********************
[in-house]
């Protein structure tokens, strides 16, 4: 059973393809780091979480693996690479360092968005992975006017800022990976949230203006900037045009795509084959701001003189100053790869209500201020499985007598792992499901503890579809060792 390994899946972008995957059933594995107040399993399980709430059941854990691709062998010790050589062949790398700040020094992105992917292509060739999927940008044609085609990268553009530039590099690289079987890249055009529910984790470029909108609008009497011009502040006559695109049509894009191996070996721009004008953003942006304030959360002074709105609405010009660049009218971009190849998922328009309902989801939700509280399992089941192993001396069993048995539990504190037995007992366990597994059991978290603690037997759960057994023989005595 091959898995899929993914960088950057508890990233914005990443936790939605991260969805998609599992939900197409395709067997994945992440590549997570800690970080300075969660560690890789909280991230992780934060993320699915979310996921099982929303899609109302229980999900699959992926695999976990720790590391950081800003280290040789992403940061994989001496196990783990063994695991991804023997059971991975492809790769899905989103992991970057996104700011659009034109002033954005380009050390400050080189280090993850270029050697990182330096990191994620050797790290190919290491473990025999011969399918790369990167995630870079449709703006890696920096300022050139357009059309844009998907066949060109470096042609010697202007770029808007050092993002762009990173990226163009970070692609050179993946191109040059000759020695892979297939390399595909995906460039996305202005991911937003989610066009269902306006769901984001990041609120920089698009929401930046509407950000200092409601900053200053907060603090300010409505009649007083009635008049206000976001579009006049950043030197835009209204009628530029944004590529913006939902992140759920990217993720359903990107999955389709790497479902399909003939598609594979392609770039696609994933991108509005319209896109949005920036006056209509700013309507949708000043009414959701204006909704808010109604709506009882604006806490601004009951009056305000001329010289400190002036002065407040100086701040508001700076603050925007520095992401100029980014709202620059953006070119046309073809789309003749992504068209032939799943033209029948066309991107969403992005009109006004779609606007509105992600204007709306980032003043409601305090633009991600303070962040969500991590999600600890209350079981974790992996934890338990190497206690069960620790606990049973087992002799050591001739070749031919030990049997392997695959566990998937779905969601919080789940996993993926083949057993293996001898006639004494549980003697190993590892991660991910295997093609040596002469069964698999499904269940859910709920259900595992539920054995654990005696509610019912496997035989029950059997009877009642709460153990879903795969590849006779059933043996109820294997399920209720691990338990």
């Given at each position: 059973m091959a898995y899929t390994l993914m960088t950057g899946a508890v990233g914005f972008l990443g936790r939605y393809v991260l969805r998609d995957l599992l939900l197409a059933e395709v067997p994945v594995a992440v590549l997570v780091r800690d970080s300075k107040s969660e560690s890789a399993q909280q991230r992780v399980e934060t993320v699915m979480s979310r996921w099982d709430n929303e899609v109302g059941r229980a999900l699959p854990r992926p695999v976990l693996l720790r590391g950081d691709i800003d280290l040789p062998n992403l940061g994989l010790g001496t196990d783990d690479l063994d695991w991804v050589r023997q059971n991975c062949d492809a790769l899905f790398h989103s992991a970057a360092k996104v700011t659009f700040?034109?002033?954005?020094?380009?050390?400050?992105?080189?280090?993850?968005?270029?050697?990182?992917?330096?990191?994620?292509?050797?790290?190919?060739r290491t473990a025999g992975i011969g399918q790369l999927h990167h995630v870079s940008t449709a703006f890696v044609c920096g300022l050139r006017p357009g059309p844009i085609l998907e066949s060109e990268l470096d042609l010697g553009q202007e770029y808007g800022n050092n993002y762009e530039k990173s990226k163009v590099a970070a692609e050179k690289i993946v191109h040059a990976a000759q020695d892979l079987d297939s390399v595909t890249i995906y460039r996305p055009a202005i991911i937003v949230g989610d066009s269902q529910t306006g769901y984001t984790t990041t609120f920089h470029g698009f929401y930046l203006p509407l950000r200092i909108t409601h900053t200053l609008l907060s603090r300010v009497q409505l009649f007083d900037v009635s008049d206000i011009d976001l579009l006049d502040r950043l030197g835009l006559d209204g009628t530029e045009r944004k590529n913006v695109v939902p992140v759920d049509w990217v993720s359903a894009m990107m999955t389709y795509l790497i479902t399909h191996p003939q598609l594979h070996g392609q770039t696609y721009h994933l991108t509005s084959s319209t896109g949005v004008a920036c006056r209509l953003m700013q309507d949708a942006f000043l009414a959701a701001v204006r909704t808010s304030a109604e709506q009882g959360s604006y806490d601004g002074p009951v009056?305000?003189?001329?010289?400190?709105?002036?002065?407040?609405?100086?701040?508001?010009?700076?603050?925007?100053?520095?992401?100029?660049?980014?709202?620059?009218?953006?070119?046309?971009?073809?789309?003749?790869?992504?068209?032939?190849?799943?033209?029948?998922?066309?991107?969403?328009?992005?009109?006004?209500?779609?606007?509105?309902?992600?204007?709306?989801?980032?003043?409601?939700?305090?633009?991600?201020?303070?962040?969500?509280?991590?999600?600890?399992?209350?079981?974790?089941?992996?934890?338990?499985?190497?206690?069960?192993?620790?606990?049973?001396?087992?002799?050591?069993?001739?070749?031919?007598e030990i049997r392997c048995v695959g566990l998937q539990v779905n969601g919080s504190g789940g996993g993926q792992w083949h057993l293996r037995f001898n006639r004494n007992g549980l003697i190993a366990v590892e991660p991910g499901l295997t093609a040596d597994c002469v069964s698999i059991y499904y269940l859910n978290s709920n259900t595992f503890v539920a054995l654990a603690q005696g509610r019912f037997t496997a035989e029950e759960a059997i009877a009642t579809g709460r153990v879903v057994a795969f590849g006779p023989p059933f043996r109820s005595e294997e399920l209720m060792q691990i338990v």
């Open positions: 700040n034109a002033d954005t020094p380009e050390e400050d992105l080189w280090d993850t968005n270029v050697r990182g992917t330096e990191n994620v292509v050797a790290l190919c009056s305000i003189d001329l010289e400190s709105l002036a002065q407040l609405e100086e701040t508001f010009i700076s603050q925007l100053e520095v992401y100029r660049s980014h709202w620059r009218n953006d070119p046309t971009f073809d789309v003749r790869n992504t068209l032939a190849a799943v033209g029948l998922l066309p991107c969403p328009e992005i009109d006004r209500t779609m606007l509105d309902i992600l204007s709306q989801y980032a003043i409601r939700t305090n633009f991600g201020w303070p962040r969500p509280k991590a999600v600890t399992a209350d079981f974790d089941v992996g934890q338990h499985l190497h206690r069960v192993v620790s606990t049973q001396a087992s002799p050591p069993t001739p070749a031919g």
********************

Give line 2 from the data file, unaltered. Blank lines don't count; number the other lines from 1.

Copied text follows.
């Protein structure tokens, strides 16, 4: 059973393809780091979480693996690479360092968005992975006017800022990976949230203006900037045009795509084959701001003189100053790869209500201020499985007598792992499901503890579809060792 390994899946972008995957059933594995107040399993399980709430059941854990691709062998010790050589062949790398700040020094992105992917292509060739999927940008044609085609990268553009530039590099690289079987890249055009529910984790470029909108609008009497011009502040006559695109049509894009191996070996721009004008953003942006304030959360002074709105609405010009660049009218971009190849998922328009309902989801939700509280399992089941192993001396069993048995539990504190037995007992366990597994059991978290603690037997759960057994023989005595 091959898995899929993914960088950057508890990233914005990443936790939605991260969805998609599992939900197409395709067997994945992440590549997570800690970080300075969660560690890789909280991230992780934060993320699915979310996921099982929303899609109302229980999900699959992926695999976990720790590391950081800003280290040789992403940061994989001496196990783990063994695991991804023997059971991975492809790769899905989103992991970057996104700011659009034109002033954005380009050390400050080189280090993850270029050697990182330096990191994620050797790290190919290491473990025999011969399918790369990167995630870079449709703006890696920096300022050139357009059309844009998907066949060109470096042609010697202007770029808007050092993002762009990173990226163009970070692609050179993946191109040059000759020695892979297939390399595909995906460039996305202005991911937003989610066009269902306006769901984001990041609120920089698009929401930046509407950000200092409601900053200053907060603090300010409505009649007083009635008049206000976001579009006049950043030197835009209204009628530029944004590529913006939902992140759920990217993720359903990107999955389709790497479902399909003939598609594979392609770039696609994933991108509005319209896109949005920036006056209509700013309507949708000043009414959701204006909704808010109604709506009882604006806490601004009951009056305000001329010289400190002036002065407040100086701040508001700076603050925007520095992401100029980014709202620059953006070119046309073809789309003749992504068209032939799943033209029948066309991107969403992005009109006004779609606007509105992600204007709306980032003043409601305090633009991600303070962040969500991590999600600890209350079981974790992996934890338990190497206690069960620790606990049973087992002799050591001739070749031919030990049997392997695959566990998937779905969601919080789940996993993926083949057993293996001898006639004494549980003697190993590892991660991910295997093609040596002469069964698999499904269940859910709920259900595992539920054995654990005696509610019912496997035989029950059997009877009642709460153990879903795969590849006779059933043996109820294997399920209720691990338990």